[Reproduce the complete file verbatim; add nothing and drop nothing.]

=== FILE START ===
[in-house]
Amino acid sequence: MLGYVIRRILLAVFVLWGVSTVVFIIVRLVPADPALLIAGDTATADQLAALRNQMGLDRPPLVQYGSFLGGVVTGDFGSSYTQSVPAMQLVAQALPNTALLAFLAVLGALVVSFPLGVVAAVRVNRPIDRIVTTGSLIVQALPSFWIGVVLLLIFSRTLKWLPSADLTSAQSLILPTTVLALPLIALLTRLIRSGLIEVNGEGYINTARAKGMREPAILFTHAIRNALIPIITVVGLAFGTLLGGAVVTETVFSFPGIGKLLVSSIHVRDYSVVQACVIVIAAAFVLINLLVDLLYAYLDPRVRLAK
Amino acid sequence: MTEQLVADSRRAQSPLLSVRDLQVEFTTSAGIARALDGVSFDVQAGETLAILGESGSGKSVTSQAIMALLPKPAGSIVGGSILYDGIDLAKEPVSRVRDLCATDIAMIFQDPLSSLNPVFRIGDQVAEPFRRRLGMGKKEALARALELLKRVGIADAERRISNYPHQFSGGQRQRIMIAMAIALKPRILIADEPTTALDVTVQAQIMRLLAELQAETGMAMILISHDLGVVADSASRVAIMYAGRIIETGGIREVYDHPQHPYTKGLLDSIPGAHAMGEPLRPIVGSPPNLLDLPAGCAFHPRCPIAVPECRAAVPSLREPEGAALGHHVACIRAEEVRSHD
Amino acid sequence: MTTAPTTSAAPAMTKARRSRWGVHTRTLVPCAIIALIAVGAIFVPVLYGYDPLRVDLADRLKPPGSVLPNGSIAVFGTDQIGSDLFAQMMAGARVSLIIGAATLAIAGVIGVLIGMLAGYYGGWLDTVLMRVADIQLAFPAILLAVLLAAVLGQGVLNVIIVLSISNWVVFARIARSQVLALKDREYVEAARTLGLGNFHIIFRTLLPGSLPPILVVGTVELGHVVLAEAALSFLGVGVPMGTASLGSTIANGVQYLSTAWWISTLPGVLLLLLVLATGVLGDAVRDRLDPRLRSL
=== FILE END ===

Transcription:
[in-house]
Amino acid sequence: MLGYVIRRILLAVFVLWGVSTVVFIIVRLVPADPALLIAGDTATADQLAALRNQMGLDRPPLVQYGSFLGGVVTGDFGSSYTQSVPAMQLVAQALPNTALLAFLAVLGALVVSFPLGVVAAVRVNRPIDRIVTTGSLIVQALPSFWIGVVLLLIFSRTLKWLPSADLTSAQSLILPTTVLALPLIALLTRLIRSGLIEVNGEGYINTARAKGMREPAILFTHAIRNALIPIITVVGLAFGTLLGGAVVTETVFSFPGIGKLLVSSIHVRDYSVVQACVIVIAAAFVLINLLVDLLYAYLDPRVRLAK
Amino acid sequence: MTEQLVADSRRAQSPLLSVRDLQVEFTTSAGIARALDGVSFDVQAGETLAILGESGSGKSVTSQAIMALLPKPAGSIVGGSILYDGIDLAKEPVSRVRDLCATDIAMIFQDPLSSLNPVFRIGDQVAEPFRRRLGMGKKEALARALELLKRVGIADAERRISNYPHQFSGGQRQRIMIAMAIALKPRILIADEPTTALDVTVQAQIMRLLAELQAETGMAMILISHDLGVVADSASRVAIMYAGRIIETGGIREVYDHPQHPYTKGLLDSIPGAHAMGEPLRPIVGSPPNLLDLPAGCAFHPRCPIAVPECRAAVPSLREPEGAALGHHVACIRAEEVRSHD
Amino acid sequence: MTTAPTTSAAPAMTKARRSRWGVHTRTLVPCAIIALIAVGAIFVPVLYGYDPLRVDLADRLKPPGSVLPNGSIAVFGTDQIGSDLFAQMMAGARVSLIIGAATLAIAGVIGVLIGMLAGYYGGWLDTVLMRVADIQLAFPAILLAVLLAAVLGQGVLNVIIVLSISNWVVFARIARSQVLALKDREYVEAARTLGLGNFHIIFRTLLPGSLPPILVVGTVELGHVVLAEAALSFLGVGVPMGTASLGSTIANGVQYLSTAWWISTLPGVLLLLLVLATGVLGDAVRDRLDPRLRSL